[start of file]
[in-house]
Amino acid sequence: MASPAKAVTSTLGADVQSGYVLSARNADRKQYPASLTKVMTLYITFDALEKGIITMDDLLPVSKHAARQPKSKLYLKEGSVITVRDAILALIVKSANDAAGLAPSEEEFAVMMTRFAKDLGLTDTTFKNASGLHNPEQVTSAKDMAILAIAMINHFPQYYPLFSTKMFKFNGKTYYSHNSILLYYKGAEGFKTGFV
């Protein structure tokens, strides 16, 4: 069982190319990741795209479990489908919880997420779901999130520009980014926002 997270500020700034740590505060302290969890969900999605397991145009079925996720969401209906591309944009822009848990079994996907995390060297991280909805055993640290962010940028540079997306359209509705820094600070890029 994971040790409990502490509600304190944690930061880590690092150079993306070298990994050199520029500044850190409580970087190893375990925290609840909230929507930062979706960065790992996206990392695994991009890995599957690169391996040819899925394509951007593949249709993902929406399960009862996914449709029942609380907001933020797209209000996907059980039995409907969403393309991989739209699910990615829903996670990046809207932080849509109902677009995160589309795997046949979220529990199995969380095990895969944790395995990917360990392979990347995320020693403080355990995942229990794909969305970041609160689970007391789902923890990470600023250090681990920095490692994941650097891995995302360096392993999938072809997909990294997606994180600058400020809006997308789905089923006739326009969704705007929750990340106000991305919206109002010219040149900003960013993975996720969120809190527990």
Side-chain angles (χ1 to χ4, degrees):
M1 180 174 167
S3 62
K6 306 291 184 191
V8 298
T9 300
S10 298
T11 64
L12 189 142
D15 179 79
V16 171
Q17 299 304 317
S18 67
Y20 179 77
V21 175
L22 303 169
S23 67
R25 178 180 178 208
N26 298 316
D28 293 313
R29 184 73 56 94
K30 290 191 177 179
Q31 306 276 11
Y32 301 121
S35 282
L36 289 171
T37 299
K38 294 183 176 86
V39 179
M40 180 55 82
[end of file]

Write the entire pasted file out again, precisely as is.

[in-house]
Amino acid sequence: MASPAKAVTSTLGADVQSGYVLSARNADRKQYPASLTKVMTLYITFDALEKGIITMDDLLPVSKHAARQPKSKLYLKEGSVITVRDAILALIVKSANDAAGLAPSEEEFAVMMTRFAKDLGLTDTTFKNASGLHNPEQVTSAKDMAILAIAMINHFPQYYPLFSTKMFKFNGKTYYSHNSILLYYKGAEGFKTGFV
């Protein structure tokens, strides 16, 4: 069982190319990741795209479990489908919880997420779901999130520009980014926002 997270500020700034740590505060302290969890969900999605397991145009079925996720969401209906591309944009822009848990079994996907995390060297991280909805055993640290962010940028540079997306359209509705820094600070890029 994971040790409990502490509600304190944690930061880590690092150079993306070298990994050199520029500044850190409580970087190893375990925290609840909230929507930062979706960065790992996206990392695994991009890995599957690169391996040819899925394509951007593949249709993902929406399960009862996914449709029942609380907001933020797209209000996907059980039995409907969403393309991989739209699910990615829903996670990046809207932080849509109902677009995160589309795997046949979220529990199995969380095990895969944790395995990917360990392979990347995320020693403080355990995942229990794909969305970041609160689970007391789902923890990470600023250090681990920095490692994941650097891995995302360096392993999938072809997909990294997606994180600058400020809006997308789905089923006739326009969704705007929750990340106000991305919206109002010219040149900003960013993975996720969120809190527990």
Side-chain angles (χ1 to χ4, degrees):
M1 180 174 167
S3 62
K6 306 291 184 191
V8 298
T9 300
S10 298
T11 64
L12 189 142
D15 179 79
V16 171
Q17 299 304 317
S18 67
Y20 179 77
V21 175
L22 303 169
S23 67
R25 178 180 178 208
N26 298 316
D28 293 313
R29 184 73 56 94
K30 290 191 177 179
Q31 306 276 11
Y32 301 121
S35 282
L36 289 171
T37 299
K38 294 183 176 86
V39 179
M40 180 55 82